With the amount of student pedestrian traffic traveling between our attendance centers for classes, closing off the street would do a lot to improve the safety of our student body. Coupled with a plan to 'flip' the elementary attendance center and move the youngest of our students to the north end of campus, this would also have a secondary benefit of significantly reducing travel and lost instructional time.

Of course our long term goal would be to build a new junior high building in that space, connecting the elementary and high school. In addition to the instructional space this would provide, it would also give our students an enclosed safe corridor between the two attendance centers. But that is in the future and certainly would require a lot more community engagement and discussion. As a start to this conversation, the enrollment has to do what our models suggest it will do in the next several years. Indeed, when the houses start coming we know for certain children will come with them. We are confident they will. Our community and our school district are very appealing and families want to move here to raise their families.

In the interim, our plan would be to close and excavate the street, creating green space between the attendance centers and leaving the bike trail in its current location. It would seem to make sense to begin these strategic moves now, so when, and if the time comes to have a greater conversation about major construction we have considered with some foresight what makes the most sense.

I won't pretend to have all the answers to the questions about how we can deal with and mitigate the details of a move like this. I won't even assume I know all the underlying issues. But, at the end of the day there will be plenty of opportunities for our community to provide input. Ultimately this decision will rest not with the Hudson school board, but with the city council. At this point, I am grateful they are willing to have a conversation. 

Friday, July 6, 2018

Update on the Summer

I hope everyone has been enjoying their summer and finding time to relax, heat up the grill, and spend quality time with family and friends. Our projects in the district are moving along nicely, and in some cases we are a bit ahead of schedule. The only sour note is that the air conditioning is still out in the middle school (which includes the central office). We are very optimistic this will soon be remedied! Next week it is supposed to be in the 90s again, so the sooner the better! Now, I don't know about you, but it is kind of hard to believe we are past the 4th of July! To me, once we pass that date on the calendar it begins the mad rush to the start of the school year.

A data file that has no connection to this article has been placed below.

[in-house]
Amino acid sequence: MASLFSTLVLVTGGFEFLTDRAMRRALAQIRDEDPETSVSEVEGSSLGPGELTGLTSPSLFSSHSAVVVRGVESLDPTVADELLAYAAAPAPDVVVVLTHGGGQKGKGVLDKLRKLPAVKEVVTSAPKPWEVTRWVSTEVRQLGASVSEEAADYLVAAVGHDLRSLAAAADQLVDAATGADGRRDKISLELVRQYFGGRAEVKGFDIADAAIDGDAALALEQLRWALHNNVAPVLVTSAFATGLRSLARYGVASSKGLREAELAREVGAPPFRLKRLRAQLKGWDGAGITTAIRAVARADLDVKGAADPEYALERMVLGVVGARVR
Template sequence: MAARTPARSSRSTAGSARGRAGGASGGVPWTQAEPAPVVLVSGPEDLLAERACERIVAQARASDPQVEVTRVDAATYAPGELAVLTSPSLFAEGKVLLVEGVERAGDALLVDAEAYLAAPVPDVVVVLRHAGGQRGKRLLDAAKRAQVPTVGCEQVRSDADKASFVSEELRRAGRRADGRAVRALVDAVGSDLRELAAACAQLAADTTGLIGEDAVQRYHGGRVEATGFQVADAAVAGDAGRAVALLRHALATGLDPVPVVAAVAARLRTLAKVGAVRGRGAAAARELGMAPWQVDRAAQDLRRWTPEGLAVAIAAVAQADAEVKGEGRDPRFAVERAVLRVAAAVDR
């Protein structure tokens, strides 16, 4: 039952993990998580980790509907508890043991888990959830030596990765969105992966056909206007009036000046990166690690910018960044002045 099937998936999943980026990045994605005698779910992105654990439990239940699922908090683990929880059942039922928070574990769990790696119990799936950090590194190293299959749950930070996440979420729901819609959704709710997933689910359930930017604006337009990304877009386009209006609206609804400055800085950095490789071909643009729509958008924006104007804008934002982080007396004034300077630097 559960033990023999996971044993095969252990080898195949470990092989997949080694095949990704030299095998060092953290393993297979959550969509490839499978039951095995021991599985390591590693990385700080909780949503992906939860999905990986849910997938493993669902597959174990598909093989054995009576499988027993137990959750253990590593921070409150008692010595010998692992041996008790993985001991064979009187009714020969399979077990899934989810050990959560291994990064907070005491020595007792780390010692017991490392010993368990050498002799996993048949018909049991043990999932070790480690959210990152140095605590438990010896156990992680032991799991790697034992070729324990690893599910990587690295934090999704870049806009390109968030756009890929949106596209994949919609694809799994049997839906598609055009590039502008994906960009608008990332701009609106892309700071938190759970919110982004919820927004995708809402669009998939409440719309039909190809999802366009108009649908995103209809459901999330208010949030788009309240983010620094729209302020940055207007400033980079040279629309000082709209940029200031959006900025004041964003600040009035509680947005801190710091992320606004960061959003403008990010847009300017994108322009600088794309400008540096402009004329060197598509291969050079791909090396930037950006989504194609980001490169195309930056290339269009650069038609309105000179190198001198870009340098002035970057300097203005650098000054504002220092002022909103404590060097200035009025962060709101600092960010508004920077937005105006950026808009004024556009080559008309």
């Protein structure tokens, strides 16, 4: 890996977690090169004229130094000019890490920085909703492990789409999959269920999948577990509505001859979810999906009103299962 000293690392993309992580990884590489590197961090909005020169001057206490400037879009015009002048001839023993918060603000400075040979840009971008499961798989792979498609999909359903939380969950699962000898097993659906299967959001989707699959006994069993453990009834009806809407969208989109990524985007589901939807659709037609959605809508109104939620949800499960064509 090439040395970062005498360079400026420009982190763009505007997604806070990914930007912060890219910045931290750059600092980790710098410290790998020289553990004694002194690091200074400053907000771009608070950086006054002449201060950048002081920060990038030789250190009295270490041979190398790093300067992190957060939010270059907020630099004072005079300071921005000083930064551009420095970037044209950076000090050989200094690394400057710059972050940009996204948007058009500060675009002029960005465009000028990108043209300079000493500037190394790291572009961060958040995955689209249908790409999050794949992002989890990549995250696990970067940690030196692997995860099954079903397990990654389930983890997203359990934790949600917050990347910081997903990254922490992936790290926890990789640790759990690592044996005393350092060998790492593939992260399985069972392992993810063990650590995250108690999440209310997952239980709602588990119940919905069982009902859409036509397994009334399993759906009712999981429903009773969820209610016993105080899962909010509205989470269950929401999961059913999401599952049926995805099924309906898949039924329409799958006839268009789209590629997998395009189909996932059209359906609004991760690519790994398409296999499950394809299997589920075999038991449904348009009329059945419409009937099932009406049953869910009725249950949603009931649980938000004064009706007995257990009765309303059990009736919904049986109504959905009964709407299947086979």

The renovations in the elementary school include the replacement of windows in the 4th and 5th grade wing, along with the lighting and ceiling grid. These classrooms will also be outfitted with the mini-split air conditioning units like were installed last year in the early childhood wing. The two computer labs in the library are also having doors installed that open into the hallway because we believe at some point in the near future those spaces will be needed for classrooms. We have also approved work to replace the north entrance to the middle school. You may recall all the trouble we have had with that entrance over the last year. It really began to deteriorate by the end of the school year. 

We are ahead of schedule with regard to hiring teaching positions as well. At this time, all our faculty positions are filled. This is great news, and somewhat rare for us. Usually we are waiting until a bit later to make a decision as to whether or not to open an additional section of kindergarten. Enrollment projections came in early and large enough to warrant that third section early so it was nice to be able to make those decisions early on. Likewise, we are not trying to fill a teaching position in a hard to fill area, which has also been commonplace for us the last couple of years. 

In the coming weeks we will really start to ramp up our operations in anticipation for the start of the school year. Supply orders are beginning to be placed, curriculum is on the way, and very soon the registration material will be mailed out. Our custodians are very hard at work getting the buildings ready for the return of students, and before we know it they will be putting the final coat of wax on the floors in the hallways. 

Now, if we could just get that air running!